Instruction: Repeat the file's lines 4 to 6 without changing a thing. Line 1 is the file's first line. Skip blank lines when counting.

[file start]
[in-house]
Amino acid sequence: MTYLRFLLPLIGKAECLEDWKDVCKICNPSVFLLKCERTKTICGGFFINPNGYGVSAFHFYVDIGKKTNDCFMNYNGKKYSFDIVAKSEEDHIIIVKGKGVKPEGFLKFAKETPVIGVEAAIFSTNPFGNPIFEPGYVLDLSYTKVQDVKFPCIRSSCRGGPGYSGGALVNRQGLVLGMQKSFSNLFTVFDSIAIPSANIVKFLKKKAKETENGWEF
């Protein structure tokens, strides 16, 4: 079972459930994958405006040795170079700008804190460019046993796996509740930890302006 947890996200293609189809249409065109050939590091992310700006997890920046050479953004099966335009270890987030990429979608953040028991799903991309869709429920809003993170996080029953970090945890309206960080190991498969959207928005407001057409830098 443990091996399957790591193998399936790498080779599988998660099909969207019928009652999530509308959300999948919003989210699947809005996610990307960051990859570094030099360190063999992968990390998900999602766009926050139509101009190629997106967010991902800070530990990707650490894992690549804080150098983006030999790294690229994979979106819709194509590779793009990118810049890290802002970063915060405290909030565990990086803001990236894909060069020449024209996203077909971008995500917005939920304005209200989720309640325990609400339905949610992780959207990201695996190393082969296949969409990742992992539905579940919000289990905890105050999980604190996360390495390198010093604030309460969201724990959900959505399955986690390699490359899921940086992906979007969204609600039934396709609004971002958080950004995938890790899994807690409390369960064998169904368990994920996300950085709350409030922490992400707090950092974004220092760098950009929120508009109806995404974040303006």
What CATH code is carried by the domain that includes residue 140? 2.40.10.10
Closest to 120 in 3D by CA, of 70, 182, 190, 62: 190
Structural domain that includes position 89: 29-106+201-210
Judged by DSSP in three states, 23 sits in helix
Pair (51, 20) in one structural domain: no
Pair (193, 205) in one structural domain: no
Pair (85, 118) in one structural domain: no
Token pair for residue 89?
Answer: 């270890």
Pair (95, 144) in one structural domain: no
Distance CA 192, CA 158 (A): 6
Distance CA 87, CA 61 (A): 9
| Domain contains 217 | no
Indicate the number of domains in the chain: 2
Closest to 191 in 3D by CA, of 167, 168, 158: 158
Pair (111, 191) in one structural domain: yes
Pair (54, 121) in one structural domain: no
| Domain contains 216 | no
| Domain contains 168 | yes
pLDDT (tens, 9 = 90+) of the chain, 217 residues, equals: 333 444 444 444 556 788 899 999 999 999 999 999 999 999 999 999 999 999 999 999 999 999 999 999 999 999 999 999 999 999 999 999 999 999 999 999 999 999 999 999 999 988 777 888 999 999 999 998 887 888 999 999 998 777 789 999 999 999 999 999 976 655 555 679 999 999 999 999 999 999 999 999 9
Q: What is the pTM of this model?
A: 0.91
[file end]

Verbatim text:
What CATH code is carried by the domain that includes residue 140? 2.40.10.10
Closest to 120 in 3D by CA, of 70, 182, 190, 62: 190
Structural domain that includes position 89: 29-106+201-210